“Samuel D. Ferguson, George F. Bragg, and W.E.B. DuBois” (August 2, 2017: Wednesday after Pentecost VIII–Proper 12A)

The following sermon was preached at the weekly Healing Eucharist of the Episcopal Church of the Ascension in Lafayette, Louisiana on Wednesday, August 2, 2017 at 6:00pm.

Gospel: Luke 18.1-8

“And will not God bring about justice for His chosen ones, who cry out to Him day and night? Will He keep putting them off? I tell you, He will see that they get justice, and quickly.”—Luke 18.7-8[1]

In the Name of God the Father, God the Son, and God the Holy Ghost. Amen.

A Great Cloud of Witnesses[2] puts forth this week three significant figures, all racial minorities, from our Church’s past: Samuel David Ferguson, George Freeman Bragg, Jr., and William Edward Burghardt DuBois. Considering all three of these individuals’ importance in the history of both our Church and the world, I have elected to briefly highlight all of them in a combined commemoration. I am glad that we are tonight remembering these individuals, for their lives and work exemplify God’s command “to act justly, and to love mercy and to walk humbly with your God.”[3]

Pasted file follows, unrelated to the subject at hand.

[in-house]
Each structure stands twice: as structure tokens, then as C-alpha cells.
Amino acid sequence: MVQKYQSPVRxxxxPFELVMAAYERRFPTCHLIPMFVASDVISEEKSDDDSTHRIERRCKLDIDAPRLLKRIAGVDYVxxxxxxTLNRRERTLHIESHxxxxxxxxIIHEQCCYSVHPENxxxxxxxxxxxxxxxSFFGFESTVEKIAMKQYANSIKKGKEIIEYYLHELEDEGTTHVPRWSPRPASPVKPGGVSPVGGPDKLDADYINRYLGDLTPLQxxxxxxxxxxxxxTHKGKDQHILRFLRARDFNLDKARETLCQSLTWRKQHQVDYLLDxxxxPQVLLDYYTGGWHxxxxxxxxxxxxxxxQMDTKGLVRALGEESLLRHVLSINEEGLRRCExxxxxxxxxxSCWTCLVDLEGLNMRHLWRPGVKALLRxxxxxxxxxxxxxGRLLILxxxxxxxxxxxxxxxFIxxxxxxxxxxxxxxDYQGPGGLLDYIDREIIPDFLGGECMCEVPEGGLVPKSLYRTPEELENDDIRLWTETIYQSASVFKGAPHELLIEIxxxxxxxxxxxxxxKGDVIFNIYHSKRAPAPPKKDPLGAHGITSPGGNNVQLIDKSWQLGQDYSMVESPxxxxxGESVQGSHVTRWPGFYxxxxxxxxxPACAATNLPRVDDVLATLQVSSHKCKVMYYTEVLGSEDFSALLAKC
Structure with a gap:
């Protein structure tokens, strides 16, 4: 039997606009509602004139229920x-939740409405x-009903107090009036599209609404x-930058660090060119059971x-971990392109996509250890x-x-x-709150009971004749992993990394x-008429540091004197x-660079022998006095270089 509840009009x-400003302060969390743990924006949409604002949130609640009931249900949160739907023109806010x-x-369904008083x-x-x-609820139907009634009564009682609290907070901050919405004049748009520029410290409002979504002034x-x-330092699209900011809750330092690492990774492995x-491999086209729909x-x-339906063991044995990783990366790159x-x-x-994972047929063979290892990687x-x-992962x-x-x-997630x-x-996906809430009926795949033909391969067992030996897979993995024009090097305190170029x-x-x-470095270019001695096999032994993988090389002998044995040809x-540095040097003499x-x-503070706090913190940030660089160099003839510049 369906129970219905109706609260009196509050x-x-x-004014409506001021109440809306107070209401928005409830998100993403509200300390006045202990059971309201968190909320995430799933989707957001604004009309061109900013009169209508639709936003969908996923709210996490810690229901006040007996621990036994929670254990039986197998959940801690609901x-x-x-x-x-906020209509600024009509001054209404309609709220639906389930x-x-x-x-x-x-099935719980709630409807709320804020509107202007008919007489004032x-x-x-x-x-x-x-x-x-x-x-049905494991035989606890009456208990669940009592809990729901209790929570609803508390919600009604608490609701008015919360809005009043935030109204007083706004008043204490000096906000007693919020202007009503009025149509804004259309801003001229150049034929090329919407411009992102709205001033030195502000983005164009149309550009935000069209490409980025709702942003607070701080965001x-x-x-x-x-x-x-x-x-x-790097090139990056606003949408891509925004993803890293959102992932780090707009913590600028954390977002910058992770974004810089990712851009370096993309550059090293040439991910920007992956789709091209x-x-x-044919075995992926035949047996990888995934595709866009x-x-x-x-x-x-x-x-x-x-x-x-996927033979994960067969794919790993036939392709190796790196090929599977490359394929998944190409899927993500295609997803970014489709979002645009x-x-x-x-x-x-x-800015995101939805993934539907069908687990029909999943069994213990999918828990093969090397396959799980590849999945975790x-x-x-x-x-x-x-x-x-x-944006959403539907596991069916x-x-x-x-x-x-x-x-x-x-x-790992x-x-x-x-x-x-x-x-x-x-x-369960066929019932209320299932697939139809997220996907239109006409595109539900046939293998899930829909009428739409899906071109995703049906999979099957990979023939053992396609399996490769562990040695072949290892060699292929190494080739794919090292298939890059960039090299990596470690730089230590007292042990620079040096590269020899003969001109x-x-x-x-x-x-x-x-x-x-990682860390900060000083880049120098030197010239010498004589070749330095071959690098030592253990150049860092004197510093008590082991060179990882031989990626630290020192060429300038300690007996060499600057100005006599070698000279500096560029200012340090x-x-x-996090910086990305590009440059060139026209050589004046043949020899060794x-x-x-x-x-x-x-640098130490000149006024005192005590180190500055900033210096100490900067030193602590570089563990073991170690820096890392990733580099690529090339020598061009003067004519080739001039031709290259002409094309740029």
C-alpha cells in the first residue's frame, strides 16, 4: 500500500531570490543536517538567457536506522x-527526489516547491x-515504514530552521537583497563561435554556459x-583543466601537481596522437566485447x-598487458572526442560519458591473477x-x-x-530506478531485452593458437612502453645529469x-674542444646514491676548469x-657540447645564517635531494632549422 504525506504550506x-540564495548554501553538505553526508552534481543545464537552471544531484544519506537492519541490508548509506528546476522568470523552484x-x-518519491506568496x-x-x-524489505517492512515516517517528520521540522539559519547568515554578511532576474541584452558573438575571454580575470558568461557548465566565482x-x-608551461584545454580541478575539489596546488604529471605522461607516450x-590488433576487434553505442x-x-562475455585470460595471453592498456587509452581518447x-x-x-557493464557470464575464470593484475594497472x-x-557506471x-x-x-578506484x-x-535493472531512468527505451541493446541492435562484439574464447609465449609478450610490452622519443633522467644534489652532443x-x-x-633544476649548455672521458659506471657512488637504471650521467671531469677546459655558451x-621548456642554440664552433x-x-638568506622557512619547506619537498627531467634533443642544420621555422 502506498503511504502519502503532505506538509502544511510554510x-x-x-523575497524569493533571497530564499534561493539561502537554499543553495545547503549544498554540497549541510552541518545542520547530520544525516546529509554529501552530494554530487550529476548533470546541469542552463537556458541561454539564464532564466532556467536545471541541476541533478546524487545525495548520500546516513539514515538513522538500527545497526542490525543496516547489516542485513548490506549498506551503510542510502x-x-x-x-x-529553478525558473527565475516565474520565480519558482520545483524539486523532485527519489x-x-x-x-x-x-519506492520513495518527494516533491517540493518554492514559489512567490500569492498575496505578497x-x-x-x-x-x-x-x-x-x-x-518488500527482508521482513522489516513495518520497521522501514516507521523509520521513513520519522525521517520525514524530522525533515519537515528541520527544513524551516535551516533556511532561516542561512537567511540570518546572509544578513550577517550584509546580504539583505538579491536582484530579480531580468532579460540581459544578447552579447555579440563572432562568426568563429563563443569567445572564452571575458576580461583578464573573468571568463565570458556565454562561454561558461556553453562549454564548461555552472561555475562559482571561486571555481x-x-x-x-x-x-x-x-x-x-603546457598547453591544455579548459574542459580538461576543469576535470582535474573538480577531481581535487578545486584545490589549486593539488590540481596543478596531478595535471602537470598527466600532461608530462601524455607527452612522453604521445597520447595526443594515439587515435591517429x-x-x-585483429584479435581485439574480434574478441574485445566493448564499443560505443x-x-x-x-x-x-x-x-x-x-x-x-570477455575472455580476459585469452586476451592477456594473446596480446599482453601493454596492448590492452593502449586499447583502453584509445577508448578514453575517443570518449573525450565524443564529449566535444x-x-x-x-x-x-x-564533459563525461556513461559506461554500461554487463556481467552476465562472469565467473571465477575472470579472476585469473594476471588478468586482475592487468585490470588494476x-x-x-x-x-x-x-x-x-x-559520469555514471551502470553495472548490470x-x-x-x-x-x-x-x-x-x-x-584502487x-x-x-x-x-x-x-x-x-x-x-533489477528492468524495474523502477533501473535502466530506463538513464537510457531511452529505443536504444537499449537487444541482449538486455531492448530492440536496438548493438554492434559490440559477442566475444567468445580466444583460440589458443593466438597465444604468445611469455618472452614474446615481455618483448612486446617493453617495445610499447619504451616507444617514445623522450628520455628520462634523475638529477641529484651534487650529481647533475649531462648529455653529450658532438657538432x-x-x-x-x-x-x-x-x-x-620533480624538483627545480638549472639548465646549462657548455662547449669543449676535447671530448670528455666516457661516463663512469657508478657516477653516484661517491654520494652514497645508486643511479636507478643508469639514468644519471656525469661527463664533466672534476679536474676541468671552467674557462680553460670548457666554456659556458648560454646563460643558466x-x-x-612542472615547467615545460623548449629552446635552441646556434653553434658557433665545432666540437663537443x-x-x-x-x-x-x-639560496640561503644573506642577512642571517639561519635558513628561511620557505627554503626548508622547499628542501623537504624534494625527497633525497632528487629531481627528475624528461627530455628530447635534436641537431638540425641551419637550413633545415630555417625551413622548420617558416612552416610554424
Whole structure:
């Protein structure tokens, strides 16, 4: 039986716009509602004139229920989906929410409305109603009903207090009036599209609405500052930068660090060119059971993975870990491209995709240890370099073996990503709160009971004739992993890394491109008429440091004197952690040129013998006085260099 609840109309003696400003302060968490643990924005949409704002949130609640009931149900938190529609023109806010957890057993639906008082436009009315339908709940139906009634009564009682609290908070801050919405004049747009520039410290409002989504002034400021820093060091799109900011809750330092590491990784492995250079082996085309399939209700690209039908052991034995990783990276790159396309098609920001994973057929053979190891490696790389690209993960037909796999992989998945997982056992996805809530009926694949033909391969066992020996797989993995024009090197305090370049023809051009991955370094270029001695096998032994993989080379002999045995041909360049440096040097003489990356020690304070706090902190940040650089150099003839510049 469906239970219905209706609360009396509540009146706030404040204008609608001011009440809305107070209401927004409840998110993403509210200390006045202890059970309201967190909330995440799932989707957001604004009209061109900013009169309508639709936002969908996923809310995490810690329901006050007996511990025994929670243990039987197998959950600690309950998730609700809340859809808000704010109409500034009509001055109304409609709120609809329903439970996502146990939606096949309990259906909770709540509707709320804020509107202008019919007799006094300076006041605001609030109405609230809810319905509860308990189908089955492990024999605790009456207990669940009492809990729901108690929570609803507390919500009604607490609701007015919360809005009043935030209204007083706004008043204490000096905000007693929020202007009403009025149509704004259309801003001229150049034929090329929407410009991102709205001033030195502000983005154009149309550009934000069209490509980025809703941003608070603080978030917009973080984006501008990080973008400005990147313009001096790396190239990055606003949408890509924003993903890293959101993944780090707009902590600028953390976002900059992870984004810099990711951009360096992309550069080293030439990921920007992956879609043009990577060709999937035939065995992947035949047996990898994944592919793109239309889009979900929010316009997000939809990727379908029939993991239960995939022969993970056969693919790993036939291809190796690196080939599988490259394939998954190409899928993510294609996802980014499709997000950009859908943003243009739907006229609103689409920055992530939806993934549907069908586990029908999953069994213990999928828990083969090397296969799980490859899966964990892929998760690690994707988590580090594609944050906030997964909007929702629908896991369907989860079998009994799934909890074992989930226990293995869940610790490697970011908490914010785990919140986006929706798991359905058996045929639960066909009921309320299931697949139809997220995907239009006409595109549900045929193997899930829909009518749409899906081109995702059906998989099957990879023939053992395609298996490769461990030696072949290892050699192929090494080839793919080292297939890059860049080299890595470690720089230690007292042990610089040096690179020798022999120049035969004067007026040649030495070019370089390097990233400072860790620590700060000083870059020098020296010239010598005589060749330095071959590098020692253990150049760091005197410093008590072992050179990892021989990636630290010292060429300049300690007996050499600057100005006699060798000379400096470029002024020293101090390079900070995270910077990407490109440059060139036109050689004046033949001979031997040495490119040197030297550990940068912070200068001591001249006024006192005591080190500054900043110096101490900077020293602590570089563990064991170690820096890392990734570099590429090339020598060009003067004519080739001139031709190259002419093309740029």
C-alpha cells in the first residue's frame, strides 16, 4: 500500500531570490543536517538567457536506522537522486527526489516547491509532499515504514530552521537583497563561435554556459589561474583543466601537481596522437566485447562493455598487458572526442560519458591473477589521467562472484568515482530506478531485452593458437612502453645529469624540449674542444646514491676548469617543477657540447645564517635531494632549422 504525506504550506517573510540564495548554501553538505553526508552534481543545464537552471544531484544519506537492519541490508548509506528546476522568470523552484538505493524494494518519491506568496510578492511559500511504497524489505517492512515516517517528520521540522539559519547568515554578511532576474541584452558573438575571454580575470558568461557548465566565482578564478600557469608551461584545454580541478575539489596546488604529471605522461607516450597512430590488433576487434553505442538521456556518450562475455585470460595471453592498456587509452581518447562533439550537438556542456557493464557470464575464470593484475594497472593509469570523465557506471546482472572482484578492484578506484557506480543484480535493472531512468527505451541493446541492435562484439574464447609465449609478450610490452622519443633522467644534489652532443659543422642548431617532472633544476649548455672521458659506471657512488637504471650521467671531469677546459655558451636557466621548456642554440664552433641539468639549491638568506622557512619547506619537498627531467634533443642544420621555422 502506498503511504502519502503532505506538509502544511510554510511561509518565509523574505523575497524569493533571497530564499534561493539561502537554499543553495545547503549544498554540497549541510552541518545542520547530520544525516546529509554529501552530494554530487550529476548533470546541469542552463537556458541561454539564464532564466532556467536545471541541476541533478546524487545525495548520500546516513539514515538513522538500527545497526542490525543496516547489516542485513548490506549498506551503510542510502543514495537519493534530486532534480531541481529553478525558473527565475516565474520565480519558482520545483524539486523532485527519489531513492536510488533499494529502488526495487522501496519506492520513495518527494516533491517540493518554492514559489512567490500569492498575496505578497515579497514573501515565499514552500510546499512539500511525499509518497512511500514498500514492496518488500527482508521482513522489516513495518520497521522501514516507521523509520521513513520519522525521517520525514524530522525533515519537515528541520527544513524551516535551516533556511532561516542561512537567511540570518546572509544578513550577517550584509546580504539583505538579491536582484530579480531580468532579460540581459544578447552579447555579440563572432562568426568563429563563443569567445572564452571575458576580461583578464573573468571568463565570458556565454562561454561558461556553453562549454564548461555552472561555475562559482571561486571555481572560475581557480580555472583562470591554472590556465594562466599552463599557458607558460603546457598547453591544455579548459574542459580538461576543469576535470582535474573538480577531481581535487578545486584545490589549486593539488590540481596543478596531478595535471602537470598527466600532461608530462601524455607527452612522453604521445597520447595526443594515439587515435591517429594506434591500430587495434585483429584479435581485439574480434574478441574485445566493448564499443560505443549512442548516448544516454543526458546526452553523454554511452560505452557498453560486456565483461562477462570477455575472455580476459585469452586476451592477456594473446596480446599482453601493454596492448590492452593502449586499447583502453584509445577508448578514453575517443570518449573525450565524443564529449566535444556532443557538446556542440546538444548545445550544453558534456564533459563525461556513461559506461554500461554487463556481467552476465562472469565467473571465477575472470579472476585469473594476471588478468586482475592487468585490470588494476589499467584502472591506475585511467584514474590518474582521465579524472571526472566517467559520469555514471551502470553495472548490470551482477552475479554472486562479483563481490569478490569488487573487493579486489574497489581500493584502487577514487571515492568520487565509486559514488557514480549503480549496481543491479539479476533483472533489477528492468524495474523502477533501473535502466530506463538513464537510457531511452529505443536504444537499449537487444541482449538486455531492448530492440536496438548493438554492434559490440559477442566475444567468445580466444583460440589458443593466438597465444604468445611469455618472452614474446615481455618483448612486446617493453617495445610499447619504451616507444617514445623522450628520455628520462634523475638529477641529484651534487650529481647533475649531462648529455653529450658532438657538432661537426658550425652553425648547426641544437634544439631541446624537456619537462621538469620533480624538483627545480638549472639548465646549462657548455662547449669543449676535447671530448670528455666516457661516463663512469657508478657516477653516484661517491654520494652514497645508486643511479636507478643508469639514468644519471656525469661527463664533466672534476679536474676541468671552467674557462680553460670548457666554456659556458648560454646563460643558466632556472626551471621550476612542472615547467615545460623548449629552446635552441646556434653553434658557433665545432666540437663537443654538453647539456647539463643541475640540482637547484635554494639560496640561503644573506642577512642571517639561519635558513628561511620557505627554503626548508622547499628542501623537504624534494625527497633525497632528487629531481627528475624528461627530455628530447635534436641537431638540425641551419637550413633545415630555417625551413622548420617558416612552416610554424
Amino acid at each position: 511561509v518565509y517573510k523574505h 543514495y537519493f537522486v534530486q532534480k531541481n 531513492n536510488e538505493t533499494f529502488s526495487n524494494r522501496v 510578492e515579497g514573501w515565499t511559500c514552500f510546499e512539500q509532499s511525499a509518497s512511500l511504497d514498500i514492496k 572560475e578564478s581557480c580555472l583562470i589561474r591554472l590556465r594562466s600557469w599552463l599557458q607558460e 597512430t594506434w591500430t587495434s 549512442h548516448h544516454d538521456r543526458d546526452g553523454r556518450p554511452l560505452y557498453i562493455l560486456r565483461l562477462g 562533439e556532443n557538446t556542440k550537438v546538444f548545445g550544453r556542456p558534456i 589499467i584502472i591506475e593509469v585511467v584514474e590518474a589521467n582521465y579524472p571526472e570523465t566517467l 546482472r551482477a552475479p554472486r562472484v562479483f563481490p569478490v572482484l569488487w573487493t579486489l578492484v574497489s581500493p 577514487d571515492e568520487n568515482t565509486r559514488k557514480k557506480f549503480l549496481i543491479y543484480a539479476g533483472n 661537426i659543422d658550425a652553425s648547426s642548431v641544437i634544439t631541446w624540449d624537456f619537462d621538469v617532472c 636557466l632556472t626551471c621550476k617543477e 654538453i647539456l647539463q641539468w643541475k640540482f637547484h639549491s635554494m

Samuel David Ferguson, Missionary Bishop for West Africa (1842-1916)

Samuel David Ferguson was the Fourth Bishop of Cape Palmas (later the Missionary District of Liberia) from June 24, 1885 until his death on August 2, 1916. In addition to being Liberia’s first black bishop, Ferguson was The Episcopal Church’s first bishop of color to be afforded full seat and voice in the House of Bishops, a privilege that the Church’s very first (and, until Ferguson, only) black bishop, First Bishop of Haiti James Theodore Holly, had been denied.

In conjunction with his episcopal ministry, Ferguson’s primary emphasis was in education. He helped start several schools throughout Liberia, the most notable being Cuttington College (now University), which today continues as Liberia’s oldest private, coeducational four-year degree-granting institution.

In the face of much discrimination from the Church’s racial majority, Ferguson modeled dignity and tenacity as one of equal stature, advancing his goal of establishing a strong spiritual and educational foundation for the transformation of Liberia’s people.

George Freeman Bragg, Jr., Priest (1863-1940)

Born to slaves of a North Carolina Episcopal family in 1863, George Freeman Bragg, Jr. was The Episcopal Church’s first major black historian. His books A History of the Afro-American Group of The Episcopal Church and Richard Allen and Absalom Jones were seminal in the preservation of the early history of the black Episcopal presence.